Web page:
What happened to Maine? First we learned it is attracting hordes of Somali welfare moochers, then phony asylum-seeker schemers and now marriage fraudsters.
The word must be all over Africa—get to Maine!
Busted! The Bangor Daily News reports that it is (was) one of the most sophisticated marriage fraud rings in the country. And, on top of the marriage fraud, the cheats have gone one step further and claimed fake spousal abuse to assure they get to stay in the good ol’ USA (land of suckers!).
Editor’s plea to readers: We would love to approve your comments, but you must keep them free of foul language. We have had a couple lately (one from Maine) that are so filled with certain unnecessary words that we can’t post them. I know you are frustrated, but you can say it without cursing and threatening.
BANGOR, Maine — One of the country’s most sophisticated marriage fraud schemes officially ended Tuesday when a federal judge sentenced the last defendant to a year in prison.
Margaret Kimani, 30, of Worcester, Mass., was one of 28 defendants convicted in Maine of being part of a scam that paid American citizens living in Maine to wed African immigrants so they could more easily obtain permanent residency status, known as a green card, and achieve citizenship more easily, Maine’s U.S. Attorney Thomas E. Delahanty II said at a press conference after the sentencing.
“America’s legal immigration system is not for sale and we will move aggressively against those who willfully compromise the integrity of that system simply to enrich themselves,” said Bruce Foucart, special agent in charge for U.S. Immigration and Customs Enforcement’s Homeland Security Investigations in Boston, whose office headed the investigation that led to the prosecutions.
“HSI’s message is very simple,” he said at the press conference. “U.S. citizenship is not for sale and there are consequences for those who commit marriage fraud. If you commit marriage fraud, there isn’t going to be a honeymoon.”
The investigation was launched in 2005 and identified more than 40 sham marriages in the Lewiston/Auburn and Newport areas between U.S. citizens in Maine and nationals from Kenya, Uganda, Zambia and Cameroon. Prosecutions began in 2010.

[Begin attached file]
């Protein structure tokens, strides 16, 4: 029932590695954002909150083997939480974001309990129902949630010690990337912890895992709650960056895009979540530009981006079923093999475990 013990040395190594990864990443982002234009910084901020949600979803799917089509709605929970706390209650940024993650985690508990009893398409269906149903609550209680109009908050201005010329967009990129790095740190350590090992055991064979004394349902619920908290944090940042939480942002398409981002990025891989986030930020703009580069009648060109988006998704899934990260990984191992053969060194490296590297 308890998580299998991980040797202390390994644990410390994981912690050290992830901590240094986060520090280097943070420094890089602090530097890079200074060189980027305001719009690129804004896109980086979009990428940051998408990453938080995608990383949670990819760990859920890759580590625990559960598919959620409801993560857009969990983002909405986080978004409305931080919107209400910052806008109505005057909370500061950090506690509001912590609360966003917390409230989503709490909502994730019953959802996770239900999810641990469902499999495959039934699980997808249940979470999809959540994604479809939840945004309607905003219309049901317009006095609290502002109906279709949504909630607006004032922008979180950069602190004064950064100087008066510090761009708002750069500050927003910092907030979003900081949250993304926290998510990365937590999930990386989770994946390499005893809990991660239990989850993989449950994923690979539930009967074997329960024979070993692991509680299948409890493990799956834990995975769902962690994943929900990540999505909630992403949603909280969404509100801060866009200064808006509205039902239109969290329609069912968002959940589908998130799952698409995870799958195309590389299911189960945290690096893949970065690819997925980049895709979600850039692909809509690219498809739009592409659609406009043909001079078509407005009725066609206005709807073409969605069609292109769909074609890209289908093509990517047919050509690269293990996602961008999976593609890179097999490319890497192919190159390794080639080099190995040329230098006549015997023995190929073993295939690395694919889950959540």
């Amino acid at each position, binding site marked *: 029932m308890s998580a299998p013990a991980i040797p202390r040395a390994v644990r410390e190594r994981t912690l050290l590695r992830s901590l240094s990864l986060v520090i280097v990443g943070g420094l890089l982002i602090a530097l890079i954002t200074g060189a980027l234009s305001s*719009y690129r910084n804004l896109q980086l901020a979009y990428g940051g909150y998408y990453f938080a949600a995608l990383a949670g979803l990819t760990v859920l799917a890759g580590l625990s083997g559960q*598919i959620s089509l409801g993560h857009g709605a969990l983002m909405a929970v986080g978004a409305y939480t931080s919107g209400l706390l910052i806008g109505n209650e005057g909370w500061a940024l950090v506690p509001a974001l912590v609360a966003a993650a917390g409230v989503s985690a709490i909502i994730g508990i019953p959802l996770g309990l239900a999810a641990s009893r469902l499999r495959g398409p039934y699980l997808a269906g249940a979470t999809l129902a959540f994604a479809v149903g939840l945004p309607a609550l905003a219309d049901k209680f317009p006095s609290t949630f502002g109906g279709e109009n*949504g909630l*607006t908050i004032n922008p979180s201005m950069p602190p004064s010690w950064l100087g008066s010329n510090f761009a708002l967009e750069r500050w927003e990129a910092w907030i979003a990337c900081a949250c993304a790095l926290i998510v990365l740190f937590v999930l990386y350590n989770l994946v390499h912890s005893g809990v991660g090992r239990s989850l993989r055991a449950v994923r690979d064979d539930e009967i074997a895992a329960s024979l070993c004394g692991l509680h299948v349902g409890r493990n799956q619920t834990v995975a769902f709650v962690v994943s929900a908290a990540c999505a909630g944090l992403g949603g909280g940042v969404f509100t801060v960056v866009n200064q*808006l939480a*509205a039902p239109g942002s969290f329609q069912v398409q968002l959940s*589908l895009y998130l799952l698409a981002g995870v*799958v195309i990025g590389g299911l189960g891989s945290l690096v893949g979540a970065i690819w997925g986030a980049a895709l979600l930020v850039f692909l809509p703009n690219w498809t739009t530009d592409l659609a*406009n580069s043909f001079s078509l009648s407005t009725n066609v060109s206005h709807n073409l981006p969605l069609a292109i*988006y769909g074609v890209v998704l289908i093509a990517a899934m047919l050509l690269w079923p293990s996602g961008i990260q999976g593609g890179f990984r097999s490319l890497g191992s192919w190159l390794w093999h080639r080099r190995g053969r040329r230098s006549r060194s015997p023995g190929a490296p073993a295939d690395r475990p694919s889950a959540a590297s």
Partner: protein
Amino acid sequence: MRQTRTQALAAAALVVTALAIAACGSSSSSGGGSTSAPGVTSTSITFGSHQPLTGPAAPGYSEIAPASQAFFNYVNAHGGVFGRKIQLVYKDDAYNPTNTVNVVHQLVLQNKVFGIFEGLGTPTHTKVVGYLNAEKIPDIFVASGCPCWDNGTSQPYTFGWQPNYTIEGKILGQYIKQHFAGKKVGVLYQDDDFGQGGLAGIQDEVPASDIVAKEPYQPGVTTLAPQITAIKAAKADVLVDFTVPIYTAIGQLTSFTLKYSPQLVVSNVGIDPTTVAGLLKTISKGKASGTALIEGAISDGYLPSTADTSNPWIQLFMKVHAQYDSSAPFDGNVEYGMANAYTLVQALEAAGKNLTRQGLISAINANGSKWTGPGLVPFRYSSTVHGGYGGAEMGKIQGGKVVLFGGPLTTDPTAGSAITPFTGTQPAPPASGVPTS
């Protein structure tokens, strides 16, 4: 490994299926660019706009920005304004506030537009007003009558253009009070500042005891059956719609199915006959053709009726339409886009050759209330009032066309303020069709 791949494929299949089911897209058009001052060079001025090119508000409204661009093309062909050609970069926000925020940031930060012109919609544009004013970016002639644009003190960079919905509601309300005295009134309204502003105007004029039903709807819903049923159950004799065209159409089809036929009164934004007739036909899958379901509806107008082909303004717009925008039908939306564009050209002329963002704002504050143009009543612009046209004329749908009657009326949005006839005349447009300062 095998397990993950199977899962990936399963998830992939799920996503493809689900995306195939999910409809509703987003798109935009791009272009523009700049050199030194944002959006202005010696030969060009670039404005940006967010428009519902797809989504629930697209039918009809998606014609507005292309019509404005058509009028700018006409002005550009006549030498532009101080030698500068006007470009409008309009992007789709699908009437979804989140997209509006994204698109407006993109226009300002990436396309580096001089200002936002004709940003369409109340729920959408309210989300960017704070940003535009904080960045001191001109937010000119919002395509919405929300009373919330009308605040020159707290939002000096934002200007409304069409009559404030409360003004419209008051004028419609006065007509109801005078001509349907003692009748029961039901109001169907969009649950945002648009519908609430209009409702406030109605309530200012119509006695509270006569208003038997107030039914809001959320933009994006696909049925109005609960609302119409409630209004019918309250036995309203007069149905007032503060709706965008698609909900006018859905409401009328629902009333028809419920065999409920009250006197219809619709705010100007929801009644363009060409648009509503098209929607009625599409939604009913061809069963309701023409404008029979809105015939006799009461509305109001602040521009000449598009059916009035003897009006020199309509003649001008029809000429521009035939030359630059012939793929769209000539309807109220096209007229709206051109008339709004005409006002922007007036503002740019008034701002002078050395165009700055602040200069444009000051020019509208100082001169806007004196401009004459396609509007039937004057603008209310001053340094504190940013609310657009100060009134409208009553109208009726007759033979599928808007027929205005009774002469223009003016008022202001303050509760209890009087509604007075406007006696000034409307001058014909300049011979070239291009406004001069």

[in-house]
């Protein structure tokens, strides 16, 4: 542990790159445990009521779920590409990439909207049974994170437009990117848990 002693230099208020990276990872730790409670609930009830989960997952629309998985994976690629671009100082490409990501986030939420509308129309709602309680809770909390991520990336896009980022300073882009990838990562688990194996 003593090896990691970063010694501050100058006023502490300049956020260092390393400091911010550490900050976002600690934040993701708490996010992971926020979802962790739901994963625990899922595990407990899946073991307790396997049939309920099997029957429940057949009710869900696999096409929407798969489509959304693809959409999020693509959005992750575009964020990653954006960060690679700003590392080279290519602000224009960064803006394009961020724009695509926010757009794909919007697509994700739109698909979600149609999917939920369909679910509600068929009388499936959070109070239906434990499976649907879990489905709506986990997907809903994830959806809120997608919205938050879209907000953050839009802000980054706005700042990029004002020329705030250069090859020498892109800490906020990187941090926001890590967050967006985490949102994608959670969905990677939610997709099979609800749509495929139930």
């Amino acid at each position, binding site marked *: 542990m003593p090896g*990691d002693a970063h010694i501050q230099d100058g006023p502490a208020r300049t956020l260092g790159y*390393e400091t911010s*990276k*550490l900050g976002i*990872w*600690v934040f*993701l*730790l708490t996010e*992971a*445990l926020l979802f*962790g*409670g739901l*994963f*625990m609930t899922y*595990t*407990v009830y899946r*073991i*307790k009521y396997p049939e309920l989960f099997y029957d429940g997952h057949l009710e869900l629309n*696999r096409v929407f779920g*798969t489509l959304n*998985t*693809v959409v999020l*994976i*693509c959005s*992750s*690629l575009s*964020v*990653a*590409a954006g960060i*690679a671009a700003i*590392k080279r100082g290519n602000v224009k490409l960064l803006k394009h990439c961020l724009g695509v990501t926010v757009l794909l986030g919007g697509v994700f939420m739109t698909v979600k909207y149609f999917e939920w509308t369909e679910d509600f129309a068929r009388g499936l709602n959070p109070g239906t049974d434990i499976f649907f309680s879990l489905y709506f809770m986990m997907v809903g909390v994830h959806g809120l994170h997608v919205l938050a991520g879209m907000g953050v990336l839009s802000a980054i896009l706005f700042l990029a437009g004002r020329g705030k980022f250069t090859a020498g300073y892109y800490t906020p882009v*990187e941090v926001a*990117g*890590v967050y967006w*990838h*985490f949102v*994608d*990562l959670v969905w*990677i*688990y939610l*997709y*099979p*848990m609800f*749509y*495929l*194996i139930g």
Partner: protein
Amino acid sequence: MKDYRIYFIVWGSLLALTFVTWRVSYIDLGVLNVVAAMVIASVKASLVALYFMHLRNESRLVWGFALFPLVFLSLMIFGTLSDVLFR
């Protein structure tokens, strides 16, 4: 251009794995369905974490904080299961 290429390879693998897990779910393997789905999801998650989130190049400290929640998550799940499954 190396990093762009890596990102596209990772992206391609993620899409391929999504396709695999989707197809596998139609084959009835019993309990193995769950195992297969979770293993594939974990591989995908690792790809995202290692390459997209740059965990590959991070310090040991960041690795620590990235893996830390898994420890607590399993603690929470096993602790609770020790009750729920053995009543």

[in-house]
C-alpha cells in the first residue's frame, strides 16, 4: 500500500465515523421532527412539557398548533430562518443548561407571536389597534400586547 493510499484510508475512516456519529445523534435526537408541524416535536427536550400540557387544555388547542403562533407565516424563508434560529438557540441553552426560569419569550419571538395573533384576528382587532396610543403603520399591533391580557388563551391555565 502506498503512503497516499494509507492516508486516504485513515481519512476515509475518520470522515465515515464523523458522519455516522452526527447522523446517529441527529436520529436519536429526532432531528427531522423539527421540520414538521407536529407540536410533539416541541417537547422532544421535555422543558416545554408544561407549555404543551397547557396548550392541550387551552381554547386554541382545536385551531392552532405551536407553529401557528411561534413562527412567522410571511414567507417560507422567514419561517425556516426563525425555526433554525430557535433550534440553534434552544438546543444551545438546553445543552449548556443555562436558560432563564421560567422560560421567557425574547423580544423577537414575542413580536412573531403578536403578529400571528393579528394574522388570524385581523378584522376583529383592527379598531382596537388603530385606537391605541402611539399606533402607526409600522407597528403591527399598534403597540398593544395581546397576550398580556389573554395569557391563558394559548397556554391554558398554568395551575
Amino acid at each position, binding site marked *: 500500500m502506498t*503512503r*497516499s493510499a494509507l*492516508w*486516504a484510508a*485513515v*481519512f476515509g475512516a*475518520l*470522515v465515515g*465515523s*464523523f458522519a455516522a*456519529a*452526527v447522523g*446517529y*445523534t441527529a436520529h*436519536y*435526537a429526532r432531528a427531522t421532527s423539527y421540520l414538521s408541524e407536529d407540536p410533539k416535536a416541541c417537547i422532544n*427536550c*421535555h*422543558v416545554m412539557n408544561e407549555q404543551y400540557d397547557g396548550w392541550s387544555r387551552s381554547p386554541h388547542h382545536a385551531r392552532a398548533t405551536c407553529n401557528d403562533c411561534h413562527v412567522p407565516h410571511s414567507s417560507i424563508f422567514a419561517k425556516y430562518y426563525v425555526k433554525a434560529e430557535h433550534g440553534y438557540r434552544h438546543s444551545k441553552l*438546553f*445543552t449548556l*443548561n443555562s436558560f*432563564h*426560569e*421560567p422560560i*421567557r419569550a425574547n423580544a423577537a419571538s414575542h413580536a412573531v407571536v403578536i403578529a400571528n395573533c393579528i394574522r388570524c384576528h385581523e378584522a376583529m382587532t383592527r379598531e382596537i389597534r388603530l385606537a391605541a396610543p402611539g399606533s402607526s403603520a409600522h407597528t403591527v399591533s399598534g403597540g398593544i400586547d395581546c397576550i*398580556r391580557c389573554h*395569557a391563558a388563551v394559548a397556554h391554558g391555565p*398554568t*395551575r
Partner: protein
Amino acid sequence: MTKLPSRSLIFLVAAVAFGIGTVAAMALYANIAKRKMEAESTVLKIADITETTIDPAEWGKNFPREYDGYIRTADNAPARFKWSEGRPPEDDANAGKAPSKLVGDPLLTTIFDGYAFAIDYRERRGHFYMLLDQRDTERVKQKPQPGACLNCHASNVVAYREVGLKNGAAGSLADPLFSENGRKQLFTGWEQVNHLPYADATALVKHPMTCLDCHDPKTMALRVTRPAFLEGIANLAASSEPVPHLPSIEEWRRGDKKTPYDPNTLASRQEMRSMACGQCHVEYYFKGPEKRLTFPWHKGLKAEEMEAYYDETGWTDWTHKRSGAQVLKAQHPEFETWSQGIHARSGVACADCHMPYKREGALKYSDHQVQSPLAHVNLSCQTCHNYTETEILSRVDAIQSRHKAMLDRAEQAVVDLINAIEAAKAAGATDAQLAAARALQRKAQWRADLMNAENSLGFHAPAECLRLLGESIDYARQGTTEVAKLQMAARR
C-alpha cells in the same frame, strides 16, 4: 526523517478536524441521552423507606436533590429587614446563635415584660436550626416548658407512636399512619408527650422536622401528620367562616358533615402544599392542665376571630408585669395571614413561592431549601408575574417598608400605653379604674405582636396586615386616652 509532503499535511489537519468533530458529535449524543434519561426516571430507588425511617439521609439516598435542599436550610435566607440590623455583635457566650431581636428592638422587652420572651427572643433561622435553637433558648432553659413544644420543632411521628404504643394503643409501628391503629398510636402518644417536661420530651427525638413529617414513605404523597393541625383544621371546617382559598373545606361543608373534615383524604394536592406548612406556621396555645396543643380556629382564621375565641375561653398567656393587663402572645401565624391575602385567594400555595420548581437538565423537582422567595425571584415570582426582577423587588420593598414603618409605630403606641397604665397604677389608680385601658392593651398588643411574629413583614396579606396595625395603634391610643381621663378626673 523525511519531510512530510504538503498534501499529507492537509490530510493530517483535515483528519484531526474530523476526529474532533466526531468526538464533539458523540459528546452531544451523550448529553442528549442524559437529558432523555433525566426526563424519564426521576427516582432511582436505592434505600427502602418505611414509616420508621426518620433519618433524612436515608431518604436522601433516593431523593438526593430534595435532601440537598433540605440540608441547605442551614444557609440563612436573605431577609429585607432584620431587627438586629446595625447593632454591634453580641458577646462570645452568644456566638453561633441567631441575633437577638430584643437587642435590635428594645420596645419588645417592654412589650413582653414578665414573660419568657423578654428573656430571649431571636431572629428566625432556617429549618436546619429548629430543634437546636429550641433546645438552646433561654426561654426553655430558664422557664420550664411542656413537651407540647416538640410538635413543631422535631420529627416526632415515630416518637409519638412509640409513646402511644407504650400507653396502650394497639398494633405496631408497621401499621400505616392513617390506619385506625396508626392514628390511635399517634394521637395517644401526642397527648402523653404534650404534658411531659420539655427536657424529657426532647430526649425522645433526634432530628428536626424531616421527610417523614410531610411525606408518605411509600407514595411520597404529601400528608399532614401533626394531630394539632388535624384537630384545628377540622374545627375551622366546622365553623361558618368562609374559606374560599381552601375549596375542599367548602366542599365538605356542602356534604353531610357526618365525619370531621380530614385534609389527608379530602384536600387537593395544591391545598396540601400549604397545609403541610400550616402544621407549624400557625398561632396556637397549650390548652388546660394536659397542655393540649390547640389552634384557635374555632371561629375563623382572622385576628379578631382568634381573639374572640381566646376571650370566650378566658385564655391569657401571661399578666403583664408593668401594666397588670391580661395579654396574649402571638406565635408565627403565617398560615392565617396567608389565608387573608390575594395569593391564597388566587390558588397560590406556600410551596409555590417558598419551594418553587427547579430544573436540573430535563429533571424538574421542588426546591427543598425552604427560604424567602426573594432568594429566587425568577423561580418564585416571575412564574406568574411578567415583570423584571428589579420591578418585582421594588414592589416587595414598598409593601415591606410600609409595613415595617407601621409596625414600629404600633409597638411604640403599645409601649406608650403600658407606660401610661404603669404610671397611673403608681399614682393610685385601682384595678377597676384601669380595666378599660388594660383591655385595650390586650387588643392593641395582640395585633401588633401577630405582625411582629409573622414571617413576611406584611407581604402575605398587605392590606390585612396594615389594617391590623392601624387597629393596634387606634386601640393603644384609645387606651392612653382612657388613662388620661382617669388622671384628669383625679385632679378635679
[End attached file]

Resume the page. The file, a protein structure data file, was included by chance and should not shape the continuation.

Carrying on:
The thing that amazes me most about articles like this one, about how there aren’t enough ‘resources’ for the large numbers of refugees arriving in ‘welcoming’ cities and states, is that NO ONE ever says, maybe we should slow the flow into the US until such time that we can afford them!
There is so much in this reportfrom the Des Moines Register by Rehka Basu (Hat tip: ‘pungentpeppers’) that I didn’t know where to begin snipping it. So please be sure to read the whole article! Emphasis below is mine:
On the Monday after standard time went into effect, Lee Mo’s children missed school. The Burmese refugee family knew the American ritual of moving clocks forward and back, but they didn’t know on which dates that happened, so the school bus left without them.
Even if she had known the date, Mo couldn’t read a calendar. For much of her five years here, she has had to estimate time based on the position of the sun. She doesn’t know her age. She can’t make a phone call. Like about half of the people in Iowa who speak her native Karenni, she can’t read in any language. Neither she nor her husband went to school. [We have admitted tens of thousands of Burmese like this family!—ed]
An estimated 6,000 Burmese are in Iowa and some say life was easier in the camp!
Since 2006, refugees from Burma have been turning up in Iowa, becoming its largest incoming refugee group.
There are an estimated 6,000 refugees from Burma who are here, divided about evenly between three main language groups (though there are dozens of less-spoken languages), according to Henny Ohr, executive director of EMBARC, a new Des Moines nonprofit to help them. The Iowa Bureau of Refugee Services counts 1,667 refugees from Burma in Iowa, but that doesn’t include secondary migration from other cities. Yet Ohr says no Karenni speaker in Iowa is fluent in English.
For all of the deprivations in the refugee camps — houses of bamboo and leaves, lit only by candlelight; dug pits for toilets; no electricity or running water; no health care or police to fight crime — Mo says that life was easier.At least she knew how to navigate it.
In the “old days” resettlement contractors used private money and volunteer help to go beyond what their government dole paid for, today they don’t!
Refugee resettlement core services from the U.S. State Department were always limited to 90 days, and there is a one-time per capita grant of $1,800, of which $700 can go to agency staff for management, says John Wilken, chief of the Bureau of Refugee Services in the Iowa Department of Human Services. But in the past, income-eligible single people or couples without young children could also get cash assistance and medical care for five years. That was cut back to eight months.